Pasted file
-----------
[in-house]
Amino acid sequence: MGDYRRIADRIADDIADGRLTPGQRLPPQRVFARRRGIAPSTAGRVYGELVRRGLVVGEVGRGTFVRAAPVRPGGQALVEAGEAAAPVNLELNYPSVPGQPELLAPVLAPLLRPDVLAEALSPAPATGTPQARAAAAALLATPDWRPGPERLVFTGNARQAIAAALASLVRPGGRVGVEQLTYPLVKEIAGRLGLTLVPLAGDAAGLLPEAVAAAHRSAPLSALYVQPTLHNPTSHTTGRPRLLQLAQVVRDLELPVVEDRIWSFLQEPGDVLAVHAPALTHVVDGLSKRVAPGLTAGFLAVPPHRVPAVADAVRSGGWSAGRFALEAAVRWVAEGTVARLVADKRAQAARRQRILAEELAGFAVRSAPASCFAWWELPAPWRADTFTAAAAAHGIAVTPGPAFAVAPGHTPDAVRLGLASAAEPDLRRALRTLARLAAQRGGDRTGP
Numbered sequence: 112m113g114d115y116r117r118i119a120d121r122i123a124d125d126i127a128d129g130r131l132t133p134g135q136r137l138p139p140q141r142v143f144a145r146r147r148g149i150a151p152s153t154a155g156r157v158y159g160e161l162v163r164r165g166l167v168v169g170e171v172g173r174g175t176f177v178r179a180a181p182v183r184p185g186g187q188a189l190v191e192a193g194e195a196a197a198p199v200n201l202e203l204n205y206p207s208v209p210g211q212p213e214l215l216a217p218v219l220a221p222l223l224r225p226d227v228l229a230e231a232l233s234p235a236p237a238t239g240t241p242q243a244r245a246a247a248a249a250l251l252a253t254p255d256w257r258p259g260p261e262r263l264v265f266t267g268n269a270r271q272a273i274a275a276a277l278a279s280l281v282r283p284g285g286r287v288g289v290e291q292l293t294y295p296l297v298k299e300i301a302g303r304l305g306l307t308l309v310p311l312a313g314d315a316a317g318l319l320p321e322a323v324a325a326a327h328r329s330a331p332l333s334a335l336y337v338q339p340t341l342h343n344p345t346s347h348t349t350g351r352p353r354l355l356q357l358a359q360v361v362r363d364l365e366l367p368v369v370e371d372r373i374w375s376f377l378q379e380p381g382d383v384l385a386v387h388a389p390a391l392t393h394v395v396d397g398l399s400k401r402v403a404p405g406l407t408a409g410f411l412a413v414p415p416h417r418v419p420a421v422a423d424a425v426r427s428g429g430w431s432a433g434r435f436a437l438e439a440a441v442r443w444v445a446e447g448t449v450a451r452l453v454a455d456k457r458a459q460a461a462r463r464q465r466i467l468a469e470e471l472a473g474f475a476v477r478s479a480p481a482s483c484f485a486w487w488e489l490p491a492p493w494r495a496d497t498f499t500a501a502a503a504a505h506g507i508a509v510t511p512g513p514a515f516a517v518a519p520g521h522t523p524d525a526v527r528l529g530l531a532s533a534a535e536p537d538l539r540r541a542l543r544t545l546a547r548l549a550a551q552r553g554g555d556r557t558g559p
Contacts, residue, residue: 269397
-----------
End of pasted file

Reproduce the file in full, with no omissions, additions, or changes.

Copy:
[in-house]
Amino acid sequence: MGDYRRIADRIADDIADGRLTPGQRLPPQRVFARRRGIAPSTAGRVYGELVRRGLVVGEVGRGTFVRAAPVRPGGQALVEAGEAAAPVNLELNYPSVPGQPELLAPVLAPLLRPDVLAEALSPAPATGTPQARAAAAALLATPDWRPGPERLVFTGNARQAIAAALASLVRPGGRVGVEQLTYPLVKEIAGRLGLTLVPLAGDAAGLLPEAVAAAHRSAPLSALYVQPTLHNPTSHTTGRPRLLQLAQVVRDLELPVVEDRIWSFLQEPGDVLAVHAPALTHVVDGLSKRVAPGLTAGFLAVPPHRVPAVADAVRSGGWSAGRFALEAAVRWVAEGTVARLVADKRAQAARRQRILAEELAGFAVRSAPASCFAWWELPAPWRADTFTAAAAAHGIAVTPGPAFAVAPGHTPDAVRLGLASAAEPDLRRALRTLARLAAQRGGDRTGP
Numbered sequence: 112m113g114d115y116r117r118i119a120d121r122i123a124d125d126i127a128d129g130r131l132t133p134g135q136r137l138p139p140q141r142v143f144a145r146r147r148g149i150a151p152s153t154a155g156r157v158y159g160e161l162v163r164r165g166l167v168v169g170e171v172g173r174g175t176f177v178r179a180a181p182v183r184p185g186g187q188a189l190v191e192a193g194e195a196a197a198p199v200n201l202e203l204n205y206p207s208v209p210g211q212p213e214l215l216a217p218v219l220a221p222l223l224r225p226d227v228l229a230e231a232l233s234p235a236p237a238t239g240t241p242q243a244r245a246a247a248a249a250l251l252a253t254p255d256w257r258p259g260p261e262r263l264v265f266t267g268n269a270r271q272a273i274a275a276a277l278a279s280l281v282r283p284g285g286r287v288g289v290e291q292l293t294y295p296l297v298k299e300i301a302g303r304l305g306l307t308l309v310p311l312a313g314d315a316a317g318l319l320p321e322a323v324a325a326a327h328r329s330a331p332l333s334a335l336y337v338q339p340t341l342h343n344p345t346s347h348t349t350g351r352p353r354l355l356q357l358a359q360v361v362r363d364l365e366l367p368v369v370e371d372r373i374w375s376f377l378q379e380p381g382d383v384l385a386v387h388a389p390a391l392t393h394v395v396d397g398l399s400k401r402v403a404p405g406l407t408a409g410f411l412a413v414p415p416h417r418v419p420a421v422a423d424a425v426r427s428g429g430w431s432a433g434r435f436a437l438e439a440a441v442r443w444v445a446e447g448t449v450a451r452l453v454a455d456k457r458a459q460a461a462r463r464q465r466i467l468a469e470e471l472a473g474f475a476v477r478s479a480p481a482s483c484f485a486w487w488e489l490p491a492p493w494r495a496d497t498f499t500a501a502a503a504a505h506g507i508a509v510t511p512g513p514a515f516a517v518a519p520g521h522t523p524d525a526v527r528l529g530l531a532s533a534a535e536p537d538l539r540r541a542l543r544t545l546a547r548l549a550a551q552r553g554g555d556r557t558g559p
Contacts, residue, residue: 269397